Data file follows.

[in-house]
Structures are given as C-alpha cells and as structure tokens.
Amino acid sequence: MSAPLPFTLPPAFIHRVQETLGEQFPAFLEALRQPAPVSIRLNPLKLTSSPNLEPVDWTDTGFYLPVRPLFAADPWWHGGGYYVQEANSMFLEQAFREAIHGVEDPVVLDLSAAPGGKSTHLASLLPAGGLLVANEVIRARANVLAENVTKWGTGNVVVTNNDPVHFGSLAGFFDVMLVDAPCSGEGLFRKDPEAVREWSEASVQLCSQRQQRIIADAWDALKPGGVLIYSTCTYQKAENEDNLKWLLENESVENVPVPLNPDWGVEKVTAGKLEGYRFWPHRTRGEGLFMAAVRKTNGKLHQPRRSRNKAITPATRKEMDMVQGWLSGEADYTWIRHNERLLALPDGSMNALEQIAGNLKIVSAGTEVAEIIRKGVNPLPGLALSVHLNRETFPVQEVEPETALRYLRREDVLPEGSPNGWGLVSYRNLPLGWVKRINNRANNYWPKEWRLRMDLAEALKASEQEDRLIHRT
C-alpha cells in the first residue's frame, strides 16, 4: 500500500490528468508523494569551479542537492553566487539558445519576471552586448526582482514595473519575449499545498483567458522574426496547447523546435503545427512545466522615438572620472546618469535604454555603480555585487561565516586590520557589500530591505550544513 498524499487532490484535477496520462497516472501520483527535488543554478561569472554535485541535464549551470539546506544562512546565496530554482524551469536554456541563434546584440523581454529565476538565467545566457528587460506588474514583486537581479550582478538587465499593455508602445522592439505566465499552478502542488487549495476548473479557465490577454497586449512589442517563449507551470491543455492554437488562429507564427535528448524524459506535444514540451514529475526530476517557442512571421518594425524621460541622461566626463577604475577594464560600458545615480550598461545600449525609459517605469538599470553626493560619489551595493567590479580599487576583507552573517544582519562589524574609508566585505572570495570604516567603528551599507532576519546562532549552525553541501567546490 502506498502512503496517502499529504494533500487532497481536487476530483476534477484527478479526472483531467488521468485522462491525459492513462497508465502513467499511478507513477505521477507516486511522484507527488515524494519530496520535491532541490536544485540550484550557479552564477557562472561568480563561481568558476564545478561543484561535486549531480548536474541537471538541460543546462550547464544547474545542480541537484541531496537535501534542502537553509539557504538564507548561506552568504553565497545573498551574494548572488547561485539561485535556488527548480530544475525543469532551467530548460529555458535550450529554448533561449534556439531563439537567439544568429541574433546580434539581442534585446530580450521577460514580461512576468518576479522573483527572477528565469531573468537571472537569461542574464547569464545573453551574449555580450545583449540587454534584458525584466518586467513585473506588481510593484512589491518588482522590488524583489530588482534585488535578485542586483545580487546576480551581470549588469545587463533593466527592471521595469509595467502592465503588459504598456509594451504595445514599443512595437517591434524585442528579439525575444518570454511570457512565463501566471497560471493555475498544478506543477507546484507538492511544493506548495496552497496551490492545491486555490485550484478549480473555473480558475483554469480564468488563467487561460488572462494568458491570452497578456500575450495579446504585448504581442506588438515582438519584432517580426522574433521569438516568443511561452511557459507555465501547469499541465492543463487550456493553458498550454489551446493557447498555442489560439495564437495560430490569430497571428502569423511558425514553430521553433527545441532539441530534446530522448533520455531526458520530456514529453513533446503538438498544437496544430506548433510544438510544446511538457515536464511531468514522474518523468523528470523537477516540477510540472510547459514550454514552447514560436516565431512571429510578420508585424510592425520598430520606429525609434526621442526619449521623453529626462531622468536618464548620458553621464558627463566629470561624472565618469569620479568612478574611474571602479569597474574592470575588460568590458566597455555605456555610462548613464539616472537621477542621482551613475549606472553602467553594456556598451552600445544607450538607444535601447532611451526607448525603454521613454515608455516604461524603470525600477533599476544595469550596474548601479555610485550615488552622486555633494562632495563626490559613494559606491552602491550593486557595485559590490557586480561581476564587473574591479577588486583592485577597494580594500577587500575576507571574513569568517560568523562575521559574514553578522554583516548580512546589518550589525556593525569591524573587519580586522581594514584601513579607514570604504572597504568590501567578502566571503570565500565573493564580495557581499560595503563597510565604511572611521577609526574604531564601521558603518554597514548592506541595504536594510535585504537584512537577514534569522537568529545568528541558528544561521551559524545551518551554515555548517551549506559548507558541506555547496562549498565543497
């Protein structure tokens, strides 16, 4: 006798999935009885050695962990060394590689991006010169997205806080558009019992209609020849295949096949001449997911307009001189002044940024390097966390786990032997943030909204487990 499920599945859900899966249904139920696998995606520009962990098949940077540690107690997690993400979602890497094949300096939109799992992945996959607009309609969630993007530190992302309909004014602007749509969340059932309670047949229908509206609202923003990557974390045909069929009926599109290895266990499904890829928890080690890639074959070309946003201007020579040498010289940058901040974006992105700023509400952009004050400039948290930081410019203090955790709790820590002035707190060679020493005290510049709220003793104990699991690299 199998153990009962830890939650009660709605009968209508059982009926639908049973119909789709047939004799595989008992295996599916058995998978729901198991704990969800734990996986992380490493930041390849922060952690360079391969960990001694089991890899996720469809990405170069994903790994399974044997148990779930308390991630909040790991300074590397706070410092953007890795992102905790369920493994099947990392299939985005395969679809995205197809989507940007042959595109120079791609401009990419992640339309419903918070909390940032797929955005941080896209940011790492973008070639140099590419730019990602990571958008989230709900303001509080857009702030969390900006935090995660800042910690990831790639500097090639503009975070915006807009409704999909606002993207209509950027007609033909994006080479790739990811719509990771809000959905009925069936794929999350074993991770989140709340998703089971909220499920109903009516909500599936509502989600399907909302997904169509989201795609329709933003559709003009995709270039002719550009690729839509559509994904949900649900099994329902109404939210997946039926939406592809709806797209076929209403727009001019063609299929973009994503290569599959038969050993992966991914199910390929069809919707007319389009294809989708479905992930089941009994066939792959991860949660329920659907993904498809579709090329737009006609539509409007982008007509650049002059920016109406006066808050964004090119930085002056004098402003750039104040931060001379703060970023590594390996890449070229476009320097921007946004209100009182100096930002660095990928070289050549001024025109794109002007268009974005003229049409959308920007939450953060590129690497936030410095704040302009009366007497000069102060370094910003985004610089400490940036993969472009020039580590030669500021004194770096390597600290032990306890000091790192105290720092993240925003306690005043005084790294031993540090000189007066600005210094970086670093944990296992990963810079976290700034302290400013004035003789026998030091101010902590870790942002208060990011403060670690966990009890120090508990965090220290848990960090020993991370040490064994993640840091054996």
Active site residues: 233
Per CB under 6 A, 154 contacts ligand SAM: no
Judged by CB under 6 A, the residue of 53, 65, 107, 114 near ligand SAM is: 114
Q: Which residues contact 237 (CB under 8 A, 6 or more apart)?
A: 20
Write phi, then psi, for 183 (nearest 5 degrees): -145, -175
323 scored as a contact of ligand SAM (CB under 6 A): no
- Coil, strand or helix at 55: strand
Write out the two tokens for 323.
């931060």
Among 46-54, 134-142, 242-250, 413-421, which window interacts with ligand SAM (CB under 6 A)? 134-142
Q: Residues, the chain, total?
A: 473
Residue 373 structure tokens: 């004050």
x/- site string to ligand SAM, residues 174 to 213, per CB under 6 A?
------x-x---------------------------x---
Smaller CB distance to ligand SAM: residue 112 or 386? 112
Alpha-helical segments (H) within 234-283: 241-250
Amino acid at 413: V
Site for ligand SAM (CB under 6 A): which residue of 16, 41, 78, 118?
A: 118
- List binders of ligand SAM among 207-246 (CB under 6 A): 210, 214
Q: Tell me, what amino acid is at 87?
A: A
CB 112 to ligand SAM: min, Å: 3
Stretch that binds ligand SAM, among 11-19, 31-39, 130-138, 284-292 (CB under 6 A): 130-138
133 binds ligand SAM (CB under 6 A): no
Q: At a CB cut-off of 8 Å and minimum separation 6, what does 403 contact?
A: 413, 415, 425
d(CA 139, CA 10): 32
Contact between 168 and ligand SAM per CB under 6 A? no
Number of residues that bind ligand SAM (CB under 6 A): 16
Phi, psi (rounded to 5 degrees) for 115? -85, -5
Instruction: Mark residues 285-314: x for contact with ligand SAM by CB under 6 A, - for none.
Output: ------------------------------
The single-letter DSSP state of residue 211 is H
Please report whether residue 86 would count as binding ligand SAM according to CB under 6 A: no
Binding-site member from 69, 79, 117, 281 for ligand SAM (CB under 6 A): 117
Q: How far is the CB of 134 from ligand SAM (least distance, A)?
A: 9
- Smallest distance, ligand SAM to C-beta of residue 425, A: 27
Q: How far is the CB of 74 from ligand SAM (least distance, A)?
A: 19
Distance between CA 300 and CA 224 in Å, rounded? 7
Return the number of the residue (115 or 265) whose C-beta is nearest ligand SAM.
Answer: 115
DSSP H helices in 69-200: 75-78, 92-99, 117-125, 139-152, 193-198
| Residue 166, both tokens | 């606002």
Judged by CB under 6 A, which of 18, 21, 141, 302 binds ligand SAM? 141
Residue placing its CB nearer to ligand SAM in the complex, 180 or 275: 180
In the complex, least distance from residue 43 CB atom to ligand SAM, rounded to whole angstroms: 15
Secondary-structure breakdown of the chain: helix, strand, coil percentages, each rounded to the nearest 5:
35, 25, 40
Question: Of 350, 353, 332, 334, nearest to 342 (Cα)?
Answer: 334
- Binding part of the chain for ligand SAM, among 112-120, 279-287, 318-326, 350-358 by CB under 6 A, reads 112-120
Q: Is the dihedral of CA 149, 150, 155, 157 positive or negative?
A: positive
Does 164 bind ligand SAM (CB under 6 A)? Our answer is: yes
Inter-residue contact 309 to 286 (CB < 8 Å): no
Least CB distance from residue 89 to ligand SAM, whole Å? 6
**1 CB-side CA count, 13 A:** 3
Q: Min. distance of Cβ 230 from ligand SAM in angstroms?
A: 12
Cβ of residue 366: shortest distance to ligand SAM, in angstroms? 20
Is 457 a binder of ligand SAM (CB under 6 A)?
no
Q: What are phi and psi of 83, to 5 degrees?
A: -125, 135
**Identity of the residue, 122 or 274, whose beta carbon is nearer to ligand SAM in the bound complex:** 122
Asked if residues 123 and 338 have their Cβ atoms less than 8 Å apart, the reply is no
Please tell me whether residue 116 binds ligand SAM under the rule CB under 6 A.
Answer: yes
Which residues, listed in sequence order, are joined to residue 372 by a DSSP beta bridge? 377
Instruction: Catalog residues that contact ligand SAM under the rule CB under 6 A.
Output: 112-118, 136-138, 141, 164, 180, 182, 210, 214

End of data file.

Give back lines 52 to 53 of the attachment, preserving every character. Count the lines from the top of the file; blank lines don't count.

DSSP H helices in 69-200: 75-78, 92-99, 117-125, 139-152, 193-198
| Residue 166, both tokens | 């606002």